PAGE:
The Protective Custody Provision of the Police Administration Act
19. Section 128 of the Police Administration Act empowers members of the Northern Territory Police to apprehend persons who are intoxicated in public places and take then into custody. This is the procedure commonly known as protective custody. The law only allows detention for protective custody if the person concerned is seriously intoxicated either by alcohol or some other drug.
20. The police are also able, for sensible and humane reasons, to divert persons who would otherwise be detained by them for protective custody to the care of others who are equipped to deal with intoxicated persons, viz. sobering up shelters. I have commented in the past on the excellence of these facilities, and especially how they are so much more appropriate to care for drunks than police watchhouse cells (which, after all, are built to house alleged criminals).
21. Division 4 of Part VII of the Police Administration Act deals with the circumstances in which a person can be initially detained for protective custody and the period for which that apprehension may extend. Detention is justified only if the person concerned is and continues to remain intoxicated.
22. The nature of this intoxication is circumscribed by section 127A of the Act as meaning “seriously affected apparently by alcohol or a drug”. Accordingly continued detention is justified only if the person detained remains seriously intoxicated.
23. If a person is still seriously intoxicated after a period of six hours has passed after his or her initial apprehension it is required by section 132 of the Act that the person be brought before a justice for it to be ascertained whether grounds still exist for the continuing detention of the person concerned.
24. At this juncture it is convenient and appropriate that I should provide the protective custody provisions of the Police Administration Act in full:
“Division 4 – Apprehension without Arrest
127A. Definition
In this Division “intoxicated” means seriously affected apparently by alcohol or a drug.
128. Circumstances in which a person may be apprehended
(1) Where a member has reasonable grounds for believing that a person is intoxicated with alcohol or a drug and that that person is in a public place or trespassing on private property the member may, without warrant, apprehend and take that person into custody.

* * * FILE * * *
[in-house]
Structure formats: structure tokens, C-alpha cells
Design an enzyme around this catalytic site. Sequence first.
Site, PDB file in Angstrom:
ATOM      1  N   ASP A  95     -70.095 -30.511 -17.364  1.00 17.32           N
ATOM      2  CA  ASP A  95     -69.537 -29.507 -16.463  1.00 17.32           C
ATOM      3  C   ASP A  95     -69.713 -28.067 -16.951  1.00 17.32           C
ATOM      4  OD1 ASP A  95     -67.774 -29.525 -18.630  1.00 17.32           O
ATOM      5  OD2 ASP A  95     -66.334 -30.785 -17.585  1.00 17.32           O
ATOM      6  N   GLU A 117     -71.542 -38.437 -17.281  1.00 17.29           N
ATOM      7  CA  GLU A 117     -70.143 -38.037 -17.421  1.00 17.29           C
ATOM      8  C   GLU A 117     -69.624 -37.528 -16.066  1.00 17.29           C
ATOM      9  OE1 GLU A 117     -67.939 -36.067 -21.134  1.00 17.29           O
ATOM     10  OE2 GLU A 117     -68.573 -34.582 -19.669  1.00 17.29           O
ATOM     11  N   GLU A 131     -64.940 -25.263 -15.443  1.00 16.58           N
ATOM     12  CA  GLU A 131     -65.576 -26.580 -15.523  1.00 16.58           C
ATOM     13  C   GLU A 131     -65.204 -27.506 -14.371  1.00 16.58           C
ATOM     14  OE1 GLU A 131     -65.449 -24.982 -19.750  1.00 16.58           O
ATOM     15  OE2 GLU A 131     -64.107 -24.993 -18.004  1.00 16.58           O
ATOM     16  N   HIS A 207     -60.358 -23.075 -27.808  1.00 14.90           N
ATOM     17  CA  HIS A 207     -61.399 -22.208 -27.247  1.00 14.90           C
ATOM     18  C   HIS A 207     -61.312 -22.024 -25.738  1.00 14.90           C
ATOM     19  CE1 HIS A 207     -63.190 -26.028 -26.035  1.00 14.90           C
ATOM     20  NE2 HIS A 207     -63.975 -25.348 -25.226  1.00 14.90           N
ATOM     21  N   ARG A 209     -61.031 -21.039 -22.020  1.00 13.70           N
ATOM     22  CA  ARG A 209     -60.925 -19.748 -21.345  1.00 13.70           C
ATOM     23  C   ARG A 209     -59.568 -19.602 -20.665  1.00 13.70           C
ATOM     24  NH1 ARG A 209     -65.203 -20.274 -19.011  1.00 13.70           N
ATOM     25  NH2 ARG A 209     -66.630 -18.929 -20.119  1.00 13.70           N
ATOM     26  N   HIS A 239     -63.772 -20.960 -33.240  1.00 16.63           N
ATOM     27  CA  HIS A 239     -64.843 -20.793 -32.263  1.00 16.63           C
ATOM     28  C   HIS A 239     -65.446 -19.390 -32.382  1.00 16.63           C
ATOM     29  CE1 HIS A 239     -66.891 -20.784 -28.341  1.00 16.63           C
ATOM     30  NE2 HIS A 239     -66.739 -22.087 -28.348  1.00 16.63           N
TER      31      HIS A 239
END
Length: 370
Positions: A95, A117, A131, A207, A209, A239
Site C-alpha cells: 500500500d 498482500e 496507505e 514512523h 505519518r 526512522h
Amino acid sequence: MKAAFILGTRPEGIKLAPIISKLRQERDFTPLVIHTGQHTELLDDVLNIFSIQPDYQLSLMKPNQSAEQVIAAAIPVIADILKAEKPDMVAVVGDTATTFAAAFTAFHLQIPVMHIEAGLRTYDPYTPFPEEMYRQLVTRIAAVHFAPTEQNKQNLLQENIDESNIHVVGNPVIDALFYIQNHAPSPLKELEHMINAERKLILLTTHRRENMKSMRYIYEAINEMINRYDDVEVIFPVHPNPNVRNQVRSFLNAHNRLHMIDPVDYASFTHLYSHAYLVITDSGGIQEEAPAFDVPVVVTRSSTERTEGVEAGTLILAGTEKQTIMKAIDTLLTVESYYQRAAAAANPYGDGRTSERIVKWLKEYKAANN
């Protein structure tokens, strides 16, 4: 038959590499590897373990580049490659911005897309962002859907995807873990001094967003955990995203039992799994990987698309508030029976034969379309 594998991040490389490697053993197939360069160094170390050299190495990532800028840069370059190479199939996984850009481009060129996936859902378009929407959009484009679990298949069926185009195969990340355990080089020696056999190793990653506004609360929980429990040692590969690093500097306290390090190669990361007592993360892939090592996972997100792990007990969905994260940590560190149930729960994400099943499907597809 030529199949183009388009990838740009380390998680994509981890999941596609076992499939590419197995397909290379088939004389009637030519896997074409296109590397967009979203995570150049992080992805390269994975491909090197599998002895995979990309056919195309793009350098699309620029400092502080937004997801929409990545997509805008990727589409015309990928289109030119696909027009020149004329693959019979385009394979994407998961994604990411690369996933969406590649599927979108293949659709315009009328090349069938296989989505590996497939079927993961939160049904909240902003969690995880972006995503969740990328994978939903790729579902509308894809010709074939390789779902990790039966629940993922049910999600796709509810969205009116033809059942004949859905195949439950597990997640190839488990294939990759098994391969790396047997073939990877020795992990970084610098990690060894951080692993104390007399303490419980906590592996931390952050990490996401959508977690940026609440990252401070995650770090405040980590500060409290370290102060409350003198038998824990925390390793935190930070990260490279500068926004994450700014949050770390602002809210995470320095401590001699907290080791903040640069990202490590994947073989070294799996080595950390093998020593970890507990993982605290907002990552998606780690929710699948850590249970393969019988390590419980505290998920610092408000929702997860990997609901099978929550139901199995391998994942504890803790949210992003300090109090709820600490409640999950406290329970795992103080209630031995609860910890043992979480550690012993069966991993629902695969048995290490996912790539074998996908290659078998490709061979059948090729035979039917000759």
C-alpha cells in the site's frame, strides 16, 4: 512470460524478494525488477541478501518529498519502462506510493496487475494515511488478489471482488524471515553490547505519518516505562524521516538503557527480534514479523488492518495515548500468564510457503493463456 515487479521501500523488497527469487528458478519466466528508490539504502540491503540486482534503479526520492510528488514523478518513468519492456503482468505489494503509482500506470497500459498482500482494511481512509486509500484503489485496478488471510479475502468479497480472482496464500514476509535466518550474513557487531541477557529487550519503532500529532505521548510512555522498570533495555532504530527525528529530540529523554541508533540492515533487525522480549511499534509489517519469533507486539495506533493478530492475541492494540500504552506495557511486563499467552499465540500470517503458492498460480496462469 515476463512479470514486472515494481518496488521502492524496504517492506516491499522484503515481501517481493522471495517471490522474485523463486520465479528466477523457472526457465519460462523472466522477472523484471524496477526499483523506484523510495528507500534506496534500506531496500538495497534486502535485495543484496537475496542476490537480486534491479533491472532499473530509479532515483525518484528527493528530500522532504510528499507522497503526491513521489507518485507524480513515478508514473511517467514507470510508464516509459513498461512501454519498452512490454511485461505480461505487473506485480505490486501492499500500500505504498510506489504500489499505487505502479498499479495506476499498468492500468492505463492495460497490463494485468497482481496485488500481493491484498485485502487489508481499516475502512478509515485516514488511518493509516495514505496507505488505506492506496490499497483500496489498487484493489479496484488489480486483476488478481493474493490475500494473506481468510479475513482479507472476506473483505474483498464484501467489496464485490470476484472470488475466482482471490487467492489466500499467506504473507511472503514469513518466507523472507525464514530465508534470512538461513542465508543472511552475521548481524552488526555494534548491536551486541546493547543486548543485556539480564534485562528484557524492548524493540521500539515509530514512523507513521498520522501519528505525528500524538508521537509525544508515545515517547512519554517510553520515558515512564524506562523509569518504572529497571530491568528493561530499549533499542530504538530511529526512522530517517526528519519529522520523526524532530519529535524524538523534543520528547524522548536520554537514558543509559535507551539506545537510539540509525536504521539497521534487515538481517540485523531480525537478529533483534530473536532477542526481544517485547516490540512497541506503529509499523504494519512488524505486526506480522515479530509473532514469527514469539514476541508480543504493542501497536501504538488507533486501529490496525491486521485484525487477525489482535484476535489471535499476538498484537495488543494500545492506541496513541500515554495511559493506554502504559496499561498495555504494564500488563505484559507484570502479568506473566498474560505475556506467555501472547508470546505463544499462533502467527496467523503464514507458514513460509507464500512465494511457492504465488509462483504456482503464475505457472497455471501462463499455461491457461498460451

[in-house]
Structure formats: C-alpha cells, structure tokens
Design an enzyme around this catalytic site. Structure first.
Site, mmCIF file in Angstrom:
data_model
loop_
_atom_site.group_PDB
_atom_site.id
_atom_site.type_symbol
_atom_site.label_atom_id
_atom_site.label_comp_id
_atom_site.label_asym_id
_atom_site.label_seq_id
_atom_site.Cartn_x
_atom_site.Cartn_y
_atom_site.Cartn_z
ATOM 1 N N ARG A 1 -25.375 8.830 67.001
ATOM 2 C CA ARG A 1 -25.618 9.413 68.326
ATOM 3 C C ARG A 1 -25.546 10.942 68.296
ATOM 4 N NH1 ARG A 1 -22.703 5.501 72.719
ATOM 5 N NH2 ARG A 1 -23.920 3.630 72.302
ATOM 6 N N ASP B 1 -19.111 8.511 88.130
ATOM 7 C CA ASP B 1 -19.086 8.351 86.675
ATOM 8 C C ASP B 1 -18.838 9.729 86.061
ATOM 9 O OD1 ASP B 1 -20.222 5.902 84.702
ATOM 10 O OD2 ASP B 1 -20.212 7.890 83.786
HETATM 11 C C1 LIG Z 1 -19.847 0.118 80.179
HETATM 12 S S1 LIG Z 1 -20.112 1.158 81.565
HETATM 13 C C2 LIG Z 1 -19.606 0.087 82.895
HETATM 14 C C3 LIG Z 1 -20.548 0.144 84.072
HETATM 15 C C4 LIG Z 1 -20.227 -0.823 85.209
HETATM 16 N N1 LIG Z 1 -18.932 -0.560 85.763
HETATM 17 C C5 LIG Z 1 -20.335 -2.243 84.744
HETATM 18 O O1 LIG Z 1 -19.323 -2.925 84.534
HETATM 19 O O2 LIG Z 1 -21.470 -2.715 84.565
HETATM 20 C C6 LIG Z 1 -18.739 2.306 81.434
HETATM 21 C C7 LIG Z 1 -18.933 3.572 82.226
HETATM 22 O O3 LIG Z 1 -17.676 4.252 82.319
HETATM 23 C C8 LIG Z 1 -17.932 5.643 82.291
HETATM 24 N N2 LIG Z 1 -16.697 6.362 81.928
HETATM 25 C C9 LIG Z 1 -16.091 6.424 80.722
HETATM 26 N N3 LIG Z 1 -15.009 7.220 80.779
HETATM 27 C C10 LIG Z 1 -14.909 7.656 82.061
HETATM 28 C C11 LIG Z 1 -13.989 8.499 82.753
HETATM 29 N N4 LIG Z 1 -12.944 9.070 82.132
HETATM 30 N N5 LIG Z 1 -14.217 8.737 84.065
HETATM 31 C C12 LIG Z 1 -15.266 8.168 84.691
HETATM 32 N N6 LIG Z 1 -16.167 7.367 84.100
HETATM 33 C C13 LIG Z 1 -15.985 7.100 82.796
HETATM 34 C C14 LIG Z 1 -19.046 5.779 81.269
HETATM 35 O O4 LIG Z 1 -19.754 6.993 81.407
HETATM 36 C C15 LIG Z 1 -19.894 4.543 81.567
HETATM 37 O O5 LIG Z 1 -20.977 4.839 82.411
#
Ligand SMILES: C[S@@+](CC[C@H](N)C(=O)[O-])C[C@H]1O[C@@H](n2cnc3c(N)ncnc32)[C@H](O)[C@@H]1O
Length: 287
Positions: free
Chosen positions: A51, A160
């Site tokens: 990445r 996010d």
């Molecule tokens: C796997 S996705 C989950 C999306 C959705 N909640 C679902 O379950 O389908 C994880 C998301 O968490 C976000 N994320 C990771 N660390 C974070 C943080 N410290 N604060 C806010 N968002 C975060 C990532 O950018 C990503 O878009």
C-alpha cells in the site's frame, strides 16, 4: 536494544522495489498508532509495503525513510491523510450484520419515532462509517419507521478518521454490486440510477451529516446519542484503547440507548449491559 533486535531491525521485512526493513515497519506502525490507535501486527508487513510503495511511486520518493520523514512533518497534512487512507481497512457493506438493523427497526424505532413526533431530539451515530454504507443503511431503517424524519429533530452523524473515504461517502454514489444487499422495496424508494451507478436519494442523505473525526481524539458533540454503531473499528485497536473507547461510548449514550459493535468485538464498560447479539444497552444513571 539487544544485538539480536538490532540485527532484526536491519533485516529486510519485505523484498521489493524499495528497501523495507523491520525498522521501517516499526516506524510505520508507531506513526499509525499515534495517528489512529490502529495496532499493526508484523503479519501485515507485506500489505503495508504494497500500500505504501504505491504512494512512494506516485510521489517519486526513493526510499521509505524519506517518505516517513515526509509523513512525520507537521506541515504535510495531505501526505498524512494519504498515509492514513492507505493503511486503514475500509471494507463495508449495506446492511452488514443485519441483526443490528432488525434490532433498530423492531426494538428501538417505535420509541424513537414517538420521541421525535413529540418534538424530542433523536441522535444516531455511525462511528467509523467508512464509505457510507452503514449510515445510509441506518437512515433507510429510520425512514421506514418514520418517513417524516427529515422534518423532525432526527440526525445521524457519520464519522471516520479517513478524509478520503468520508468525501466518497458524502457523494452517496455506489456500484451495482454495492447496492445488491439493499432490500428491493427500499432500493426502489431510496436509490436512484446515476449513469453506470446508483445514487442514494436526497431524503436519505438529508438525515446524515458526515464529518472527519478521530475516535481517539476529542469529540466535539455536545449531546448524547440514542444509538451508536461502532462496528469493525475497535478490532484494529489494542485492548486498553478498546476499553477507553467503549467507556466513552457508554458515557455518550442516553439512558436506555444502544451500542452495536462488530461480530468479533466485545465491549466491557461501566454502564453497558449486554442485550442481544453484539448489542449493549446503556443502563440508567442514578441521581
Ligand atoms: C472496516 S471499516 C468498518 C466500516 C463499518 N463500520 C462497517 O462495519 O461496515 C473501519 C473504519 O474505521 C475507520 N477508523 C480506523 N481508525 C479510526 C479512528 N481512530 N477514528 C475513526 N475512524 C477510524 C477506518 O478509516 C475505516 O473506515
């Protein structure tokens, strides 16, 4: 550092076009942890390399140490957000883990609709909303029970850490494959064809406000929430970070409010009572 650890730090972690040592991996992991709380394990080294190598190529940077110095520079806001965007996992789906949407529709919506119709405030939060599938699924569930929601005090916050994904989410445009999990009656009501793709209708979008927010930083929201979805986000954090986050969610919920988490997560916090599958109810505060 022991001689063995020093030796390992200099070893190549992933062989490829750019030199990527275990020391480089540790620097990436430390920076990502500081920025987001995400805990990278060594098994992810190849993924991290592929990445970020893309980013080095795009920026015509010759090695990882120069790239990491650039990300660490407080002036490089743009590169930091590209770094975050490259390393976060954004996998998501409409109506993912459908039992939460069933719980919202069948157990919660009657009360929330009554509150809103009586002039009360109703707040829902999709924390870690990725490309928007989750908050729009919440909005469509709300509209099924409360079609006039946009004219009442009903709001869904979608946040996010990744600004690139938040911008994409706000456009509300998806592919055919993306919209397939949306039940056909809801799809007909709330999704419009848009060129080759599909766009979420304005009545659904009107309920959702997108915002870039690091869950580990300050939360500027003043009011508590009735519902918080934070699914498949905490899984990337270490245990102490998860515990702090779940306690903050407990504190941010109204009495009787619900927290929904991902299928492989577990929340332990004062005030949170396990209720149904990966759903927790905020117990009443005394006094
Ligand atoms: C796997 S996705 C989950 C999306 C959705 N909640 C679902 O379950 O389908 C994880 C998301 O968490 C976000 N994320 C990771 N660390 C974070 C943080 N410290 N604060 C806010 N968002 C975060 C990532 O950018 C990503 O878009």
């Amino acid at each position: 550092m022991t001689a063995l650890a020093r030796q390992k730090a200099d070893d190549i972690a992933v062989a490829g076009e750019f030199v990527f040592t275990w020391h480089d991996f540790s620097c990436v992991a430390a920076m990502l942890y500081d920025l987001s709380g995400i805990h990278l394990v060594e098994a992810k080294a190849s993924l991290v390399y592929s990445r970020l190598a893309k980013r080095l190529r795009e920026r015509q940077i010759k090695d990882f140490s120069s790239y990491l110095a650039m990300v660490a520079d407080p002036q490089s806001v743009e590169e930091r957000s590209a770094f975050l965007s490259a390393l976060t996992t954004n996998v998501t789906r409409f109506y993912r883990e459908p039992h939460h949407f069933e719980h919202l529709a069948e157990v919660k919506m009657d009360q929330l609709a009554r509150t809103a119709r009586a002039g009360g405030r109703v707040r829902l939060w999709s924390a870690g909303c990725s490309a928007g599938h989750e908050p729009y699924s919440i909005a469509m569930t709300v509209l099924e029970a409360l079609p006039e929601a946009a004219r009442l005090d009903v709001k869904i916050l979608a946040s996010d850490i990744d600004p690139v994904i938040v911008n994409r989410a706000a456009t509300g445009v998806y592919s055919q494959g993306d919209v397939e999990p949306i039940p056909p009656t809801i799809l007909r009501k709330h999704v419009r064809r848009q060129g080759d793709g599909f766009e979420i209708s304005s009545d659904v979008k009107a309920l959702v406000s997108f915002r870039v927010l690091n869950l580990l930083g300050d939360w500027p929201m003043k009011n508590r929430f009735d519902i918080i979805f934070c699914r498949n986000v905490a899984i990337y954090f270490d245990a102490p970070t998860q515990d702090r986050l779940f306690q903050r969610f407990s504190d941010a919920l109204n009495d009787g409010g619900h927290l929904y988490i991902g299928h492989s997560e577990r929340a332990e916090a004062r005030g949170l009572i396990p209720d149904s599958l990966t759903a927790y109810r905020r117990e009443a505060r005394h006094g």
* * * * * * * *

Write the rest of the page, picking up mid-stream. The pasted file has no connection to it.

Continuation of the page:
(2) For the purposes of carrying out his duties under subsection (1), a member may, without warrant, enter upon private property.
(3) A member of the Police Force who takes a person into custody under subsection (1) may –
(a) search or cause to be searched that person; and
(b) remove or cause to be removed from that person for safe keeping, until the person is released from custody, any money or valuables that are found on or about that person and any item on or about that person that is likely to cause harm to that person or any other person or that could be used by that person or any other person to cause harm to himself or another.
(4) For the purpose of subsection (3), the person of a woman shall not be searched except by a woman.
(5) All money or valuables taken from a person under subsection (3) shall be recorded in a register kept for that purpose and shall be returned to that person on receipt of a signature or other mark made by that person in the register.
129. Period of apprehension
(1) Subject to this Division, a person who has been apprehended and taken into custody under section 128 shall be held in the custody of a member of the Police Force, but only for so long as it reasonably appears to the member of the Police Force in whose custody he is held that the person remains intoxicated.
(2) Subject to this Division, where it reasonably appears to a member of the Police Force in whose custody a person is held at the time under this section that the person is no longer intoxicated, the member shall, without any further or other authority than this subsection, release that person or cause him to be released from custody without his entering into any recognizance or bail.
(3) A person who has been taken into custody under this section and who is in custody after midnight and before half past 7 o’clock in the morning on that day, may be held in custody until half past 7 o’clock in the morning that day, nothwithstanding that the person is no longer intoxicated.
130. Protection of apprehended person.
(1) A person in custody after apprehension under section 128 –
(a) shall not be charged with an offence;
(b) shall not be questioned by a member in relation to an offence; and